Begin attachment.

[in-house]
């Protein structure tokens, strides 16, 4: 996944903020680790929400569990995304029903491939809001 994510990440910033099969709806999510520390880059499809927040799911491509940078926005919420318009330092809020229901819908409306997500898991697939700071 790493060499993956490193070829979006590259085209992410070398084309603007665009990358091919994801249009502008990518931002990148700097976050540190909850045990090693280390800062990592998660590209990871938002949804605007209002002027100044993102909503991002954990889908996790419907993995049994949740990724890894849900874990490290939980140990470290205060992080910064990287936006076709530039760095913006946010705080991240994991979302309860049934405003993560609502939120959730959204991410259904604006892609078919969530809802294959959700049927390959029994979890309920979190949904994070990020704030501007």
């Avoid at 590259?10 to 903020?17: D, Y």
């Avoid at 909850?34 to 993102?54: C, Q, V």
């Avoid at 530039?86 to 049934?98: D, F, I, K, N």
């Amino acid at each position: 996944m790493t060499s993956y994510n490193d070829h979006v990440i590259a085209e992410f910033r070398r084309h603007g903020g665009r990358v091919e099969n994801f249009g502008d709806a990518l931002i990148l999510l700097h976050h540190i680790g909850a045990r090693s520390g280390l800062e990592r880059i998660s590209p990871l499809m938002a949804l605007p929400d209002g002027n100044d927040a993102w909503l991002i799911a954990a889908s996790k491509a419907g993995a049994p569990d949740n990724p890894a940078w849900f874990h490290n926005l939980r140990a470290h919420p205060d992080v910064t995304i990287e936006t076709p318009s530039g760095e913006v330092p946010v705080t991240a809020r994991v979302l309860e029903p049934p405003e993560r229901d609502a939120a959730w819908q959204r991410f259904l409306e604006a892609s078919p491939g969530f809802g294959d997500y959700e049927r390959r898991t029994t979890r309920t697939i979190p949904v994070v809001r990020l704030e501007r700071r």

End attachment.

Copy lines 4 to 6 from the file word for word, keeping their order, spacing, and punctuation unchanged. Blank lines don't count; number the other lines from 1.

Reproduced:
């Avoid at 909850?34 to 993102?54: C, Q, V």
């Avoid at 530039?86 to 049934?98: D, F, I, K, N």
């Amino acid at each position: 996944m790493t060499s993956y994510n490193d070829h979006v990440i590259a085209e992410f910033r070398r084309h603007g903020g665009r990358v091919e099969n994801f249009g502008d709806a990518l931002i990148l999510l700097h976050h540190i680790g909850a045990r090693s520390g280390l800062e990592r880059i998660s590209p990871l499809m938002a949804l605007p929400d209002g002027n100044d927040a993102w909503l991002i799911a954990a889908s996790k491509a419907g993995a049994p569990d949740n990724p890894a940078w849900f874990h490290n926005l939980r140990a470290h919420p205060d992080v910064t995304i990287e936006t076709p318009s530039g760095e913006v330092p946010v705080t991240a809020r994991v979302l309860e029903p049934p405003e993560r229901d609502a939120a959730w819908q959204r991410f259904l409306e604006a892609s078919p491939g969530f809802g294959d997500y959700e049927r390959r898991t029994t979890r309920t697939i979190p949904v994070v809001r990020l704030e501007r700071r």